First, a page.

A series of bombs rocked mainly Shi'ite areas of Baghdad on Tuesday, killing at least 40 people and wounding dozens two days after al Qaeda militants staged a bloodbath when they took hostages in a Christian church.
The bombings occurred hours after a memorial service for some of the 52 hostages and police killed in Sunday's church raid, and as the Iraqi government vowed to step up security for Iraq's Christian minority.
The third major assault in Iraq since Friday appeared to demonstrate that a weakened but stubborn insurgency has a greater capacity to carry out large-scale strikes than U.S. and Iraqi officials have acknowledged.
|Iraqi Princess Doctor Nesrine, whose grandfather is Iraq's king Faisal first bin al-Sharif Hussein al-Hashimi speaks out for victims of the attack on the Our Lady of Salvation church of Baghdad, in front of the Martyrs square in Beirut November 2, 2010|
Iraq remains in political limbo almost eight months after an inconclusive election, raising fears Sunni Islamist groups like al Qaeda might exploit tensions to reignite sectarian war.
In Washington, the Obama administration said the attacks would not "stop Iraq's progress."
"We have confidence that the people of Iraq will remain steadfast in their rejection of efforts by extremists to spark sectarian tension," White House National Security Council spokesman Mike Hammer said.
Iraqi officials gave differing casualty tolls from the attacks.
"The initial death toll we have so far is 40 killed, 80 wounded. I repeat, it is an initial death toll," Baghdad security spokesman Major General Qassim al-Moussawi said, adding that there had been 14 explosions in all.
"(They were) all in Shi'ite neighborhoods."
Health Minister Saleh al-Hasnawi said 36 people died, but that could rise, and 320 were wounded, most of whom had been released from hospitals.
An Interior Ministry source, who asked not to be named, put the toll at 57 dead and 248 wounded. The source said there were 14 car bombs, two roadside bombs and eight mortar rounds although U.S. forces said their radar had not detected any mortar fire.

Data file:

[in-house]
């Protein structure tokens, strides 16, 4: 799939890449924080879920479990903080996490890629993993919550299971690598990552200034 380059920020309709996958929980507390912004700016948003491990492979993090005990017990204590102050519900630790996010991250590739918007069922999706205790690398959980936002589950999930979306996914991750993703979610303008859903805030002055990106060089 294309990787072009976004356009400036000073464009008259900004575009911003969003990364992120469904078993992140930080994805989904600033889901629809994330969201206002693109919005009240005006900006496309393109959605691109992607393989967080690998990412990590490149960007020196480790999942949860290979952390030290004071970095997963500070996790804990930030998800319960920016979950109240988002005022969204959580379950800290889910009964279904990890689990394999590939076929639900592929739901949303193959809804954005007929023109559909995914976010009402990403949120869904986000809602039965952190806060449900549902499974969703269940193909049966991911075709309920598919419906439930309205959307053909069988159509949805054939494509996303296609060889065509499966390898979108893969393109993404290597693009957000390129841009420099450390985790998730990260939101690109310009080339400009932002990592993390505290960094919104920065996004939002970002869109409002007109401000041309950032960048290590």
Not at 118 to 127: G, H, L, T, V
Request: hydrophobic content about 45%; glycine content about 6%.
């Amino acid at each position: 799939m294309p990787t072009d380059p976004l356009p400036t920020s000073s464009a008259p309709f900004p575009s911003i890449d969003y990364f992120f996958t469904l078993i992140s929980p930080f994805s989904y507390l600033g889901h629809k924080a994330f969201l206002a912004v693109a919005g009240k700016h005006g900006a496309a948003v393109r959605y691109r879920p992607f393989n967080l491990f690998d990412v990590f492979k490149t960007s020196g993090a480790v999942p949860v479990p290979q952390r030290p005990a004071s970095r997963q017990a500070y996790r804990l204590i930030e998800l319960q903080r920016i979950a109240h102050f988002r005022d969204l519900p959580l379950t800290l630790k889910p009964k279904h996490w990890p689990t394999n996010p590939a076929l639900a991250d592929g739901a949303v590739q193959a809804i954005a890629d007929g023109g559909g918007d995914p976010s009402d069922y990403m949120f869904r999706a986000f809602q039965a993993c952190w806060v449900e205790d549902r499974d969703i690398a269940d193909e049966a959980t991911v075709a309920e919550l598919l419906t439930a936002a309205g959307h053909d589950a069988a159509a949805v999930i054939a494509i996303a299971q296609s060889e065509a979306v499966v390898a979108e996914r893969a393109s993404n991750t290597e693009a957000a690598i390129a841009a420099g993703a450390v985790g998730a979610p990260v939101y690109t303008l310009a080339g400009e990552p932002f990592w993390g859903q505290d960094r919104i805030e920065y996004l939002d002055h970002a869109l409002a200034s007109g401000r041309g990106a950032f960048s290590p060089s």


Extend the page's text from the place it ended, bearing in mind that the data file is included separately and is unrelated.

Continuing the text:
One of the biggest explosions appeared to target restaurants and cafes in the Shi'ite slum of Sadr City.
"We do not have any conclusive information at this time as to the responsible parties but this seems to be typical AQI (al Qaeda in Iraq) tactics," Lieutenant Colonel Eric Bloom, a U.S. military spokesman in Baghdad, said in an email.
The attacks came two months after the U.S. military formally ended combat operations in Iraq. Iraqi security forces now have primary responsibility for protecting the public.
"We are in an ongoing battle and we don't surrender to them. Security forces are on a state of alert and the situation is under control," said Major General Mohammed al-Askari, a Defense Ministry spokesman.
"There is a (security) breach, and we as security forces, are taking responsibility for it."
In Sunday's attack, gunmen tied to an Iraqi al Qaeda group seized hostages during Sunday mass at one of Baghdad's biggest churches, demanding the release of women they said had converted to Islam but were being detained by the Coptic church in Egypt.
The attack, which lasted several hours, ended when security forces raided the church to free more than 100 Iraqi Catholics.
Al Qaeda's Iraqi affiliate, the Islamic State of Iraq (ISI), said in a statement that its deadline for the women to be released had passed and warned that all Christians and churches were targets for further attacks.
Sunday's attack was the worst assault on Iraq's Christians since 2003, and drove fear deep into the hearts of many who had so far resisted the urge to flee their war-torn country.
"Why don't they tell us frankly if they aim at emptying the country of the Christians? This is our country. We will stick to it. It is absolutely barbaric to target people who are praying," Bishop Matti Shaba Matoka, head of the Syrian Catholic Parish in Baghdad, told Reuters at the memorial service.
Security was tight around the Chaldean Saint Joseph Church, where the service was held. More than a dozen coffins, draped in Iraqi flags, were lined up near the main podium. Wails echoed throughout the church during the service.
The church siege was far from being one of the bloodiest incidents in the 7-1/2 years of sectarian warfare and insurgency unleashed after the invasion, and in which tens of thousands of Iraqis have been killed, the vast majority Shi'ite and Sunni Muslims.
But it has provoked a worldwide outburst of anguish and cast a spotlight on Iraq's fragile stability as the sectarian bloodshed recedes and U.S. forces scale down their presence ahead of a full withdrawal next year.
Moussawi said the assailants were disguised as guards working for a private security firm and carried fake identification.
Defense Minister Abdel Qader Jassim said authorities ordered the detention of the police commander in charge of the district where the church attack took place for questioning, a standard procedure after high-profile attacks.